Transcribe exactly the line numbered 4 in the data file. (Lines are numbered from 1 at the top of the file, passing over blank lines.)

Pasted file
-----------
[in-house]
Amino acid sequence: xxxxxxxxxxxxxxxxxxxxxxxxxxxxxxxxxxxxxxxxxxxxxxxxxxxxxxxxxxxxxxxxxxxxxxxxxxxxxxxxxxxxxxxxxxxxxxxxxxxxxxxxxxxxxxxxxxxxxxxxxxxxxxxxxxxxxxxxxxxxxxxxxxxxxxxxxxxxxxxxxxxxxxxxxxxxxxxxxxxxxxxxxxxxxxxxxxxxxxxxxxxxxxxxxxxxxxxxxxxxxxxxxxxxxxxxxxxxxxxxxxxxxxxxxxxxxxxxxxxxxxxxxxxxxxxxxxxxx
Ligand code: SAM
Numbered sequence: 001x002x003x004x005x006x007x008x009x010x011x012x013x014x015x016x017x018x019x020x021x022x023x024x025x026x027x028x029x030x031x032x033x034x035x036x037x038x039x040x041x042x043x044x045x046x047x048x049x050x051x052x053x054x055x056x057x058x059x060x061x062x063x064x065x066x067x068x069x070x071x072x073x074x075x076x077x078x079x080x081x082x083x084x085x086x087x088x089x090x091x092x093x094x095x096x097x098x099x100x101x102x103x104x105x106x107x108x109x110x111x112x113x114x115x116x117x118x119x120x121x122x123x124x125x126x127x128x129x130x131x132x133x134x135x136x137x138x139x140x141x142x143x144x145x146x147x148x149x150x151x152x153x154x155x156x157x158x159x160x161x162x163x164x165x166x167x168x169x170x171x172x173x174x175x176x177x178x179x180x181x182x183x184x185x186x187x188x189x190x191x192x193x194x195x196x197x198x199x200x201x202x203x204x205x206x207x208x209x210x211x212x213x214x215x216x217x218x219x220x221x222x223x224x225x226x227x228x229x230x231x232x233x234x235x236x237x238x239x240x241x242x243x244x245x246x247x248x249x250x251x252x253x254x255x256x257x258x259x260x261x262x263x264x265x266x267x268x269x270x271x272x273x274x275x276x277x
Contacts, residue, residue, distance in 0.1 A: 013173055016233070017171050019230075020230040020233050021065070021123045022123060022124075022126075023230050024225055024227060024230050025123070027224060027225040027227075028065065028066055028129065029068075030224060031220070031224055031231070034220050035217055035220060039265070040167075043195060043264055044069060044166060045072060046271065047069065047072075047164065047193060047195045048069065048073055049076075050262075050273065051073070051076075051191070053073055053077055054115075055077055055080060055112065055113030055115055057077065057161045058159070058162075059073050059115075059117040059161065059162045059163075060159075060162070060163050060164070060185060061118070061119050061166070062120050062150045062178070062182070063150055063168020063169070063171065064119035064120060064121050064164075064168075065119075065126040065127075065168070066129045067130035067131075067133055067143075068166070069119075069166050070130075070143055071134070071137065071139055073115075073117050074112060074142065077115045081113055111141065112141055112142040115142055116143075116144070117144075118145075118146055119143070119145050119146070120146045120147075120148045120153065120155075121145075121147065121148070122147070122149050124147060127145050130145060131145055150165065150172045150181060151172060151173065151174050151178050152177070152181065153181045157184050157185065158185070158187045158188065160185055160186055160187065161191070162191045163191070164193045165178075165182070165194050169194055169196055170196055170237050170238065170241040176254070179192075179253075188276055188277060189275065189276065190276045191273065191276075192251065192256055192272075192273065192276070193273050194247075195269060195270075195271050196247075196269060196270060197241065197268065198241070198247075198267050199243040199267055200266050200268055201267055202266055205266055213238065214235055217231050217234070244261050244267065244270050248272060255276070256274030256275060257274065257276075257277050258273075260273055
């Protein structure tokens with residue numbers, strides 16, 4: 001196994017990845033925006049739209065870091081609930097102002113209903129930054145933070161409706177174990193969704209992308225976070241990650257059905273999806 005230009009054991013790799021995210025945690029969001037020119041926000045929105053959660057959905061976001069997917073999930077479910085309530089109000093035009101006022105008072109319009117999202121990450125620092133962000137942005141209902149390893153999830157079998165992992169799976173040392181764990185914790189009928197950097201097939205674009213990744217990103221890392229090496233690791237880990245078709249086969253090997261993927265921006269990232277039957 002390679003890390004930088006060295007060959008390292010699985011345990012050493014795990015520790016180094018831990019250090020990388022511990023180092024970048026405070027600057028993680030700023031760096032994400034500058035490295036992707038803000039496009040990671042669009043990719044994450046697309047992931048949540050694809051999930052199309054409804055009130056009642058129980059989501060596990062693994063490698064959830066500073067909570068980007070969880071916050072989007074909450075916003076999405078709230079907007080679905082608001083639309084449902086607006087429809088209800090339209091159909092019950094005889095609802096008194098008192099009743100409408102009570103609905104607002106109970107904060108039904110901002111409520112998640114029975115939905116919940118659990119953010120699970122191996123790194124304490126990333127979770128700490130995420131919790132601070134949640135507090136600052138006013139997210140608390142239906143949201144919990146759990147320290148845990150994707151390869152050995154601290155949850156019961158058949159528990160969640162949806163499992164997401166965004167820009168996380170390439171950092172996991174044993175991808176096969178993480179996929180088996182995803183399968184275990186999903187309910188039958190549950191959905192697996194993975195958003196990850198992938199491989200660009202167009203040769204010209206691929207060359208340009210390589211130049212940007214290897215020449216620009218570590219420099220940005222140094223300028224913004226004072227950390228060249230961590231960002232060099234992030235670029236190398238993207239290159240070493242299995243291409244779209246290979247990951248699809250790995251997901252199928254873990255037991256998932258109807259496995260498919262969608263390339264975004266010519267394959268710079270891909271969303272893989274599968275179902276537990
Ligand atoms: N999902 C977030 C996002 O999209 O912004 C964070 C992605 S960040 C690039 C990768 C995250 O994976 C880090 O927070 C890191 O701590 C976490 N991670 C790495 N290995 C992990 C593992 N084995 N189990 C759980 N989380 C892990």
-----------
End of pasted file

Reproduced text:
Numbered sequence: 001x002x003x004x005x006x007x008x009x010x011x012x013x014x015x016x017x018x019x020x021x022x023x024x025x026x027x028x029x030x031x032x033x034x035x036x037x038x039x040x041x042x043x044x045x046x047x048x049x050x051x052x053x054x055x056x057x058x059x060x061x062x063x064x065x066x067x068x069x070x071x072x073x074x075x076x077x078x079x080x081x082x083x084x085x086x087x088x089x090x091x092x093x094x095x096x097x098x099x100x101x102x103x104x105x106x107x108x109x110x111x112x113x114x115x116x117x118x119x120x121x122x123x124x125x126x127x128x129x130x131x132x133x134x135x136x137x138x139x140x141x142x143x144x145x146x147x148x149x150x151x152x153x154x155x156x157x158x159x160x161x162x163x164x165x166x167x168x169x170x171x172x173x174x175x176x177x178x179x180x181x182x183x184x185x186x187x188x189x190x191x192x193x194x195x196x197x198x199x200x201x202x203x204x205x206x207x208x209x210x211x212x213x214x215x216x217x218x219x220x221x222x223x224x225x226x227x228x229x230x231x232x233x234x235x236x237x238x239x240x241x242x243x244x245x246x247x248x249x250x251x252x253x254x255x256x257x258x259x260x261x262x263x264x265x266x267x268x269x270x271x272x273x274x275x276x277x